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  #1  
Old 04-16-2007
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Rigging Survey - what does it really mean?

We need to provide a rigging survey for an insurance rider for a trip we are taking. We got the boatyard to check the rigging etc, and we had the chainplates rebed etc. They climbed the mast etc and replaced some things and checked halyards. My question is what quantifies as a "rigging survey" and what is the qualification to conduct one? What does "rigging survey" really mean?

With a boat survey I know to expect a complete written analysis of what was found during the survey - Repairs needed and advised etc. Is there normally an equivalent written survey report for a rigging survey? What specifically is the insurance company looking for?

And also, while we're at it... How much have others spent for a rigging survey?
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Old 04-16-2007
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While I haven't paid for a rigging survey recently enough for the price to mean anything... a rigging survey should generally be conducted by a qualified rigger. It is essentially an inspection of the mast, shrouds, stays, chainplates, spreaders and other components of the standing rigging. Often, the running rigging is not included, as it is not "structural" but functional.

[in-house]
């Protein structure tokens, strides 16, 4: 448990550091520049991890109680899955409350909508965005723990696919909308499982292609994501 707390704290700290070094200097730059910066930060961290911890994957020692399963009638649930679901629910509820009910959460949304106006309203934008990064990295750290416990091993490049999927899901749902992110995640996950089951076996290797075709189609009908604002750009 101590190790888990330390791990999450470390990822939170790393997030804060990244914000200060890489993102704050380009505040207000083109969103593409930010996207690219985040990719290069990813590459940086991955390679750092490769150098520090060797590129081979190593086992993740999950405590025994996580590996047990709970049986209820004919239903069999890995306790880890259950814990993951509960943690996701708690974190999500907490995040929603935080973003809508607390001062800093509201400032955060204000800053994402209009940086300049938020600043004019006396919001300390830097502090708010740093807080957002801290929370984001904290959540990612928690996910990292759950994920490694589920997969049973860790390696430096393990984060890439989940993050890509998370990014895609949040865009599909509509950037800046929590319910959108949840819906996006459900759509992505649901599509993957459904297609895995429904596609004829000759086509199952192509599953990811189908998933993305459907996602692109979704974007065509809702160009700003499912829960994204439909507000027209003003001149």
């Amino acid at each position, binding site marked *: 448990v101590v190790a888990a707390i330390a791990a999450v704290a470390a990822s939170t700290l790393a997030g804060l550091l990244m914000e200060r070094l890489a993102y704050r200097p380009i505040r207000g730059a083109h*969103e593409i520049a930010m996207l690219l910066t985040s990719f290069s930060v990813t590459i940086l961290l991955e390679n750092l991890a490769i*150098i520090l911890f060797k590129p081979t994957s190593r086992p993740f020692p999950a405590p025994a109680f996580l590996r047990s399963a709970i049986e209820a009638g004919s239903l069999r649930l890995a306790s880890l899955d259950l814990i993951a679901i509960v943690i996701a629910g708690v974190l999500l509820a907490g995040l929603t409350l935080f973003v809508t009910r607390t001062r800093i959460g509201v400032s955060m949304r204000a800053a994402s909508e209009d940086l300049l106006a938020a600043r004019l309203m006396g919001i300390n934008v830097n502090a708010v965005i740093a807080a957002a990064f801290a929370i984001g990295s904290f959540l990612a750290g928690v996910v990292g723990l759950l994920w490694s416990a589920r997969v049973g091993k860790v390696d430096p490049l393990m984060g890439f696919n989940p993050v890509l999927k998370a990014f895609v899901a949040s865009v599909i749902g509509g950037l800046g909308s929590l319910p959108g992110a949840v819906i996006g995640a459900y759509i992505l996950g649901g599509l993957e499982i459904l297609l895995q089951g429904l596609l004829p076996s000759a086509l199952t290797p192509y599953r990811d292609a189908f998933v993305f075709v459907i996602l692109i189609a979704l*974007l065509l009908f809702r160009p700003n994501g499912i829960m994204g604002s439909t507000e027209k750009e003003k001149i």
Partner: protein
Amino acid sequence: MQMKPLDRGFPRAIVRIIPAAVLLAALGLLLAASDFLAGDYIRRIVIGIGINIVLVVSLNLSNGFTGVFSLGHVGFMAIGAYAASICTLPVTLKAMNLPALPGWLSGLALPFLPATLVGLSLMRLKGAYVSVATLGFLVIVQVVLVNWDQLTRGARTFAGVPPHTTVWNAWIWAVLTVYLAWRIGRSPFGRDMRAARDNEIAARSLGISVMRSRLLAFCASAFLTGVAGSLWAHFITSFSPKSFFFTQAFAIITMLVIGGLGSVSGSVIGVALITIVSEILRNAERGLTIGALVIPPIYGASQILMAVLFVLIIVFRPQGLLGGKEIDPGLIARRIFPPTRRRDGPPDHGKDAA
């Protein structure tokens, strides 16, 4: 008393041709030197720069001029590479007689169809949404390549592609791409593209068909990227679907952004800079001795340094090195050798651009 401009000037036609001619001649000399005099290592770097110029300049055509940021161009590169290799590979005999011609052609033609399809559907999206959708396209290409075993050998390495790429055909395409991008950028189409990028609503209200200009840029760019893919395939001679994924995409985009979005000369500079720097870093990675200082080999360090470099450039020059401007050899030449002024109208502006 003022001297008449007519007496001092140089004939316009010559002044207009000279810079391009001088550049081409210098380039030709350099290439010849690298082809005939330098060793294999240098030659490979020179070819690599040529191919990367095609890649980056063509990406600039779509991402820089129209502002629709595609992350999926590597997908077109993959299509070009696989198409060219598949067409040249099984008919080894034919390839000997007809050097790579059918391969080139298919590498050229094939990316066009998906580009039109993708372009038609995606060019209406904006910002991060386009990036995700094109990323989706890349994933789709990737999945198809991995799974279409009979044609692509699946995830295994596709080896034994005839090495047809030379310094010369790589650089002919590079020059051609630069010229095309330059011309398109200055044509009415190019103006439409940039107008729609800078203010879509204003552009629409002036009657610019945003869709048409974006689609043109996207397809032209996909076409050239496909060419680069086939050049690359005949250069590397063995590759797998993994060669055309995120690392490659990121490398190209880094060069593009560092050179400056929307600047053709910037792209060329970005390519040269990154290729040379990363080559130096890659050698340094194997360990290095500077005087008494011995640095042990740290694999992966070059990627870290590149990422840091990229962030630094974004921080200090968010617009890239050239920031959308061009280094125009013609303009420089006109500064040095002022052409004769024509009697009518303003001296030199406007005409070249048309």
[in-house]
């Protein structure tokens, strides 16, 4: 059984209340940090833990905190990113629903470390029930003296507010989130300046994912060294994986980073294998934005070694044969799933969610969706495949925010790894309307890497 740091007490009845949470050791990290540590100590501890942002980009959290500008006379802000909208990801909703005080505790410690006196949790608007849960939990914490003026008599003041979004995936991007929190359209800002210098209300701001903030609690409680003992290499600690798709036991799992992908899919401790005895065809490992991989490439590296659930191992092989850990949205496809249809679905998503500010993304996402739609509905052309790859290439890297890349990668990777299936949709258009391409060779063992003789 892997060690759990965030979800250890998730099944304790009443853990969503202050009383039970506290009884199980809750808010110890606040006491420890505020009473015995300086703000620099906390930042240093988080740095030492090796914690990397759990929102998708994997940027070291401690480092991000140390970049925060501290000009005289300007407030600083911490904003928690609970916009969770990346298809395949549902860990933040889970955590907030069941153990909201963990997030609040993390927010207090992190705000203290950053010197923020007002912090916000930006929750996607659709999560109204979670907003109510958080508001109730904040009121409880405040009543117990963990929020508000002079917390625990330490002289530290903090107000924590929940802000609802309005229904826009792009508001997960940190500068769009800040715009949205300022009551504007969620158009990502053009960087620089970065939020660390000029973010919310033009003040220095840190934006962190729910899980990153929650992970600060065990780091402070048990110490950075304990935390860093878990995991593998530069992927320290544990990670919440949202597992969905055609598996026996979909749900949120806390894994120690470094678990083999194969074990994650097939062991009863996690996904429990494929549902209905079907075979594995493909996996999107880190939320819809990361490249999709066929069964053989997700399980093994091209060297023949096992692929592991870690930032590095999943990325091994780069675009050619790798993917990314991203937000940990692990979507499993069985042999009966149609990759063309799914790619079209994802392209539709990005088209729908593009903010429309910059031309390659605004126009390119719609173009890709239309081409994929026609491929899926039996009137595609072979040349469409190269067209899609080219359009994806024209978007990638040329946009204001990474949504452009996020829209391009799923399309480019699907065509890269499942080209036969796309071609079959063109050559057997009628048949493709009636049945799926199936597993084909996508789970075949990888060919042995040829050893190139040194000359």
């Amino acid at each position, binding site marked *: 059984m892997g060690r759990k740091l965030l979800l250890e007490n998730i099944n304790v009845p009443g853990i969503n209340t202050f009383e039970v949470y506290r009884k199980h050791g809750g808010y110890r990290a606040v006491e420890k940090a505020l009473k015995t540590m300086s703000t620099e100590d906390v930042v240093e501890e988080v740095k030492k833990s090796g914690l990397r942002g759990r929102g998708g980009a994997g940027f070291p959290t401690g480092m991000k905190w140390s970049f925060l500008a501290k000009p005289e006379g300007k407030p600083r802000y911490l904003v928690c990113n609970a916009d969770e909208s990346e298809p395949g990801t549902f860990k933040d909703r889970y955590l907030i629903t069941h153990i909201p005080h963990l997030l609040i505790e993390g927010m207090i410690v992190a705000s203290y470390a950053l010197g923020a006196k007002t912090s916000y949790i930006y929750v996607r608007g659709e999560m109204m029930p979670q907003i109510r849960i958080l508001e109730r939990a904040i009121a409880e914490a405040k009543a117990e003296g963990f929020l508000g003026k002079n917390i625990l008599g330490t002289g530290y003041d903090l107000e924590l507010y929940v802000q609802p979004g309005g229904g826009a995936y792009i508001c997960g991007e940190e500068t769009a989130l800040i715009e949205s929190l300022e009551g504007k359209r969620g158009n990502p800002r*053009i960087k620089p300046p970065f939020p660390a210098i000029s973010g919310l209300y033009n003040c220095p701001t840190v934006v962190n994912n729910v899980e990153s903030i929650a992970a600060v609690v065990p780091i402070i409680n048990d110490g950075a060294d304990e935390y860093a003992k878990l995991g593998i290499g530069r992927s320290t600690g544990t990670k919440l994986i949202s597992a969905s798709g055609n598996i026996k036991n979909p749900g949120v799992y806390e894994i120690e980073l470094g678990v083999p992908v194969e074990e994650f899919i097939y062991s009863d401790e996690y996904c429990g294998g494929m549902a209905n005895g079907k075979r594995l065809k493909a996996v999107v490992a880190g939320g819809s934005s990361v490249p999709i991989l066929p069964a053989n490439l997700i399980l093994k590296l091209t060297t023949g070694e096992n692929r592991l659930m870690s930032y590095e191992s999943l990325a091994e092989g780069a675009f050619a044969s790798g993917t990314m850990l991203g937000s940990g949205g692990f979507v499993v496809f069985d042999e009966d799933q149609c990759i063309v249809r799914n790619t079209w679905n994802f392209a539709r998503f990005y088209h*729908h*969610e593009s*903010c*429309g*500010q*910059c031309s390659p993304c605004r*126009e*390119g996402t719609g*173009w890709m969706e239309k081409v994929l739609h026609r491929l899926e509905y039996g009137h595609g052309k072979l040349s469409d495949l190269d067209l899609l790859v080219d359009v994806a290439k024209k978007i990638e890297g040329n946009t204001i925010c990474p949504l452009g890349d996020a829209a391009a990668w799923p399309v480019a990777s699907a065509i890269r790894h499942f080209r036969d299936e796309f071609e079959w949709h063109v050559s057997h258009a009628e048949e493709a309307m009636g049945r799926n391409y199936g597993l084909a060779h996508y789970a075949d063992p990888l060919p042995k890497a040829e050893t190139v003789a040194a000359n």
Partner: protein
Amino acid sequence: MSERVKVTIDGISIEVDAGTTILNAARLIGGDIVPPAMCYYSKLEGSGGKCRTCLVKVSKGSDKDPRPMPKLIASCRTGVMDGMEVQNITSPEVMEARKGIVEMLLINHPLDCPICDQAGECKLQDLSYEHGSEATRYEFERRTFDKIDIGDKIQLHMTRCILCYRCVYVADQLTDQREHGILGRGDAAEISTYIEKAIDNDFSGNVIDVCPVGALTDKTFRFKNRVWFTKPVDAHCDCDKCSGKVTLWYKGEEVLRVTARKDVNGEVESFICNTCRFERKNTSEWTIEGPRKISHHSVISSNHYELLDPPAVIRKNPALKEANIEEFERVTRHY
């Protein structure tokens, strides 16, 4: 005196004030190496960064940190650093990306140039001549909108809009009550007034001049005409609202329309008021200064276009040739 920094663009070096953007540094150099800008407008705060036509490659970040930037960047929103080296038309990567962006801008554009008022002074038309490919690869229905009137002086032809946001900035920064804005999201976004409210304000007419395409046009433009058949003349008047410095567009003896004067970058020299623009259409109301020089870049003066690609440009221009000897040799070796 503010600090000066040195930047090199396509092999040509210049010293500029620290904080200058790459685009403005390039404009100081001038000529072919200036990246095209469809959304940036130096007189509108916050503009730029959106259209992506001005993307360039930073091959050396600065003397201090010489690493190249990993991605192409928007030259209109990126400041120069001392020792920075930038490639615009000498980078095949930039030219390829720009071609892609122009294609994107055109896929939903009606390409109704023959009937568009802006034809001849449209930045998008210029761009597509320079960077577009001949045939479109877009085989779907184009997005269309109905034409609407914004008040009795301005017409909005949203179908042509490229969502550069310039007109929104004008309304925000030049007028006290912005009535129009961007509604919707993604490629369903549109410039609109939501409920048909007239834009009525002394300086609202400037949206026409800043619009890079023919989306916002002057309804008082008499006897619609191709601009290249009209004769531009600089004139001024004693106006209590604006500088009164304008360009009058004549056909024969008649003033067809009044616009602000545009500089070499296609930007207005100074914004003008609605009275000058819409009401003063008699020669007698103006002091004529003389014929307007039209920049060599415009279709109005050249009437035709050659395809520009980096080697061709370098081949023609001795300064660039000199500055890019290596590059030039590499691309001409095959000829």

You should get a report of what was inspected, and the condition of what was found, plus a list of recommendations for what needs to be replaced, retuned or repaired.

The reason an insurance company will generally want an inspection of the rigging is that the rigging is an exceptionally large part of the boat's overall value. Also, having the mast come down can lead to further losses... up to and including the boat.

Things that the insurance company wants to know include whether the tangs, chainplates, turnbuckles, toggles, swages, spreaders, shrouds, spars and stays are sound and not due for imminent failure. Also, they generally want to know that the rig is properly sized, adjusted and tuned so as not to put undue and unnecessary strain on any of the components, which can lead to failure.
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Last edited by sailingdog; 04-16-2007 at 07:14 PM.
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I'm sure the rigging expertise of a particular yard can vary from nil to thorough. I think SD answered your question, my advice would be to clarify with your insurance company just what they expect and proceed accordingly. I would think they would want a written report as outlined by SD prepared by a local equivalent of Brion Toss Yacht Riggers Rigging Services .
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Old 04-16-2007
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Thanks SD - That's very helpful. I didn't know if I or the insurance company should expect a written report - It sounds like that's what we should have.

Thanks for the link SF!
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